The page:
So this means she has no income whatsoever? I hope she’s on food stamps as well or she’ll be dead of hunger very soon — perhaps she’s subsistence farming on her estate… Not to mention the cost of capex and property taxes on the $1mm home and any other spending whatsoever she might need to make.

Your carefully tailored example seems to not be tailored carefully enough.

AlanH June 24, 2014 at 4:06 pm

She was dumb enough to run from the market and into 10 yrs’ in the late fall of 2007. She was dumb enough to jump back in with both feet when she realized on March 6, 2009, that either no asset would be worth much in a year, or that the Fed was going to do its thing. Getting out suited her sense of security, perhaps. You should be so dumb. I should be so dumb. Winning two out of three rounds with a high score is like batting .400, or so I conclude.

Eli Rabett June 25, 2014 at 12:40 am

Not in the case of equities. If the third, or fourth time, or the tenth time, they go to zero, there is no coming back (Which is why you balance a portfolio). The only time that counts is the last one.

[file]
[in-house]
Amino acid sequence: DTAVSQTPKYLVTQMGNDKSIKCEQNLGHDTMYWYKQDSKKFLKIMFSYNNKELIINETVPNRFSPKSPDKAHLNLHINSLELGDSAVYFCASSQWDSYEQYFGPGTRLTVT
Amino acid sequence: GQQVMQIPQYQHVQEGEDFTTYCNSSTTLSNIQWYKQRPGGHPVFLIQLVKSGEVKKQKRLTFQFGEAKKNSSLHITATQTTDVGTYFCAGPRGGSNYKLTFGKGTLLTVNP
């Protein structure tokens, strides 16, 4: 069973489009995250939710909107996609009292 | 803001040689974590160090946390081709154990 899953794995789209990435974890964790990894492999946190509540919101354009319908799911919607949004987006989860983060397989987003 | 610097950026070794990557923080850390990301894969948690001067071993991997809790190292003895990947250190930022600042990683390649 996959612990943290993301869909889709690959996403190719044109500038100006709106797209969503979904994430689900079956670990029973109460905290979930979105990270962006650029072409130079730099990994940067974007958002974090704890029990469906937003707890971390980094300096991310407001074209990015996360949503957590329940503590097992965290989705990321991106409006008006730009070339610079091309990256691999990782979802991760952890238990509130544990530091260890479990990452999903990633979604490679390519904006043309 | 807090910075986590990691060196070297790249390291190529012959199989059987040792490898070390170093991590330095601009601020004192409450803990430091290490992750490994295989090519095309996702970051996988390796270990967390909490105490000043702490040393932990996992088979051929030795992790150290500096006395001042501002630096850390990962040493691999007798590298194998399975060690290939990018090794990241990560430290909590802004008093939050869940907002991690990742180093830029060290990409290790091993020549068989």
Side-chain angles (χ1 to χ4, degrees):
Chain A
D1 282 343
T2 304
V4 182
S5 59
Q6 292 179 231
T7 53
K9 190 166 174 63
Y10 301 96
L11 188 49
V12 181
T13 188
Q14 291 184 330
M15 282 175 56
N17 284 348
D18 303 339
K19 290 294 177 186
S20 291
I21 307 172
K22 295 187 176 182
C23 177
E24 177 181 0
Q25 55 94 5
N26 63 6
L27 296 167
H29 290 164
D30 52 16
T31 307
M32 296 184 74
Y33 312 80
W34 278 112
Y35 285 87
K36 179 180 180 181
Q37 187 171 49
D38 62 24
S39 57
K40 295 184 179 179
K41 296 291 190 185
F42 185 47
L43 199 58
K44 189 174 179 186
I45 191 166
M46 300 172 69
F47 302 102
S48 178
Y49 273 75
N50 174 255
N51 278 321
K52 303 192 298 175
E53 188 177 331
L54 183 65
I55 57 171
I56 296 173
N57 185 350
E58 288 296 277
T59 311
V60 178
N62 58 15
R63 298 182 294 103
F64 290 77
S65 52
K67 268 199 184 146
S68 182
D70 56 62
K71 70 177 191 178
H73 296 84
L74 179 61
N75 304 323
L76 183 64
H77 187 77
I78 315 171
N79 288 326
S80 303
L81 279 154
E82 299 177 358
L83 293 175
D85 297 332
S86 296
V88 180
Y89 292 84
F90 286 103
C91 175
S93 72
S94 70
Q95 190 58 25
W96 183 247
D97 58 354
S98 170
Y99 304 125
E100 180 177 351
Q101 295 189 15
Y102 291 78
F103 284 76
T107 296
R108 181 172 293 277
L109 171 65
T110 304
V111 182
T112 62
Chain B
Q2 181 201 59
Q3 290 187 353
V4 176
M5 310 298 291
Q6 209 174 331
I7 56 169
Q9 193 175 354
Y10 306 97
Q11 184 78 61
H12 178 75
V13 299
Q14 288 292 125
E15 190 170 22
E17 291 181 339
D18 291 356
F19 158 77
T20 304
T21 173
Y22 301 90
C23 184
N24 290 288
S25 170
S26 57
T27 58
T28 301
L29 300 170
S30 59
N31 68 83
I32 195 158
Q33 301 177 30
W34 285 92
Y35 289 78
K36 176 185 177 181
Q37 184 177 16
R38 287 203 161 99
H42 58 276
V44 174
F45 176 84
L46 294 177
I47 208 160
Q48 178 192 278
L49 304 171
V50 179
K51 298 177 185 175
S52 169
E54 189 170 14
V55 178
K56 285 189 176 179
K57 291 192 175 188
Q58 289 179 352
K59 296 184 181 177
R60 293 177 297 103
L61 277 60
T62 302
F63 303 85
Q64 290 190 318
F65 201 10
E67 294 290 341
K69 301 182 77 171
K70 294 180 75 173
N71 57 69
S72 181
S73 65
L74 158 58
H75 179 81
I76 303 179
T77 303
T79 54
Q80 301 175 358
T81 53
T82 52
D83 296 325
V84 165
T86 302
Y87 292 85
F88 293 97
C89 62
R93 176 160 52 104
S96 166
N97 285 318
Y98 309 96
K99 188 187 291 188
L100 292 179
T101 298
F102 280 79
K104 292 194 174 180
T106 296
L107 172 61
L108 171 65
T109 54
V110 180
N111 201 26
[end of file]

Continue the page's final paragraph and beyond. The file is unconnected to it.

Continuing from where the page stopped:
Brandon June 24, 2014 at 4:57 pm

Fringe cases of independently wealthy people getting some subsidies on the exchange proves that Obamacare is all about growing government? How about the substantial Medicaid expansion portion of Obamacare, which was written to be much larger before the SCOTUS came along?

byomtov June 26, 2014 at 9:31 pm

I agree. The country is just full of people like this.

Aaron Sheldon June 24, 2014 at 10:28 am

We have no other measure to judge ourselves by then how we treat each other.

Albigensian June 24, 2014 at 10:36 am

There is indeed much to be said for making myself feel good by giving away my neighbor’s income.

But reasons not to do so include (1) government’s inherent inefficiency, and (2) the potential to break the incentives that produced the income to begin with.

Do we still recognize distinctions between those who can’t take care of themselves, and those who can but would prefer to live off of someone else? Is redistribution a hand-out or a hand-up: i.e., is there any reciprocal obligation to the recipient? Do we recognize the dangers of “a government that can give you everything,” and of creating equality by ensuring that everyone is equally miserable? Do we recognize the psychological cost of being “on disability” (even if one is not particularly disabled) instead of productively employed- even if disability pays better?